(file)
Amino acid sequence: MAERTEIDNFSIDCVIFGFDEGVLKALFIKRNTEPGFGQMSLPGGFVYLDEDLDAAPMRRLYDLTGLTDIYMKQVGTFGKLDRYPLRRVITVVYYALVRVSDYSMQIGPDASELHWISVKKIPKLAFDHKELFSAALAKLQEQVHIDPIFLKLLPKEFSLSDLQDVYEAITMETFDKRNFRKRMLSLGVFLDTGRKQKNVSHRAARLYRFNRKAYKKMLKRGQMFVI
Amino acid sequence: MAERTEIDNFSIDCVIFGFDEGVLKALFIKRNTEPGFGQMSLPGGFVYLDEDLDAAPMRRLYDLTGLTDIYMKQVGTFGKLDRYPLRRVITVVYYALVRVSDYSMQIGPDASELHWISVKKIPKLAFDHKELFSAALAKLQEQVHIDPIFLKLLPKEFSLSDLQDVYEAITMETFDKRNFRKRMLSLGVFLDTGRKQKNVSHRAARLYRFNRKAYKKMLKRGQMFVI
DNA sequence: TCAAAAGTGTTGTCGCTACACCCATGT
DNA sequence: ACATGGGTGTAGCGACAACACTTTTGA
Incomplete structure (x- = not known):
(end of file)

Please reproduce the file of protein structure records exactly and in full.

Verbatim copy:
Amino acid sequence: MAERTEIDNFSIDCVIFGFDEGVLKALFIKRNTEPGFGQMSLPGGFVYLDEDLDAAPMRRLYDLTGLTDIYMKQVGTFGKLDRYPLRRVITVVYYALVRVSDYSMQIGPDASELHWISVKKIPKLAFDHKELFSAALAKLQEQVHIDPIFLKLLPKEFSLSDLQDVYEAITMETFDKRNFRKRMLSLGVFLDTGRKQKNVSHRAARLYRFNRKAYKKMLKRGQMFVI
Amino acid sequence: MAERTEIDNFSIDCVIFGFDEGVLKALFIKRNTEPGFGQMSLPGGFVYLDEDLDAAPMRRLYDLTGLTDIYMKQVGTFGKLDRYPLRRVITVVYYALVRVSDYSMQIGPDASELHWISVKKIPKLAFDHKELFSAALAKLQEQVHIDPIFLKLLPKEFSLSDLQDVYEAITMETFDKRNFRKRMLSLGVFLDTGRKQKNVSHRAARLYRFNRKAYKKMLKRGQMFVI
DNA sequence: TCAAAAGTGTTGTCGCTACACCCATGT
DNA sequence: ACATGGGTGTAGCGACAACACTTTTGA
Incomplete structure (x- = not known):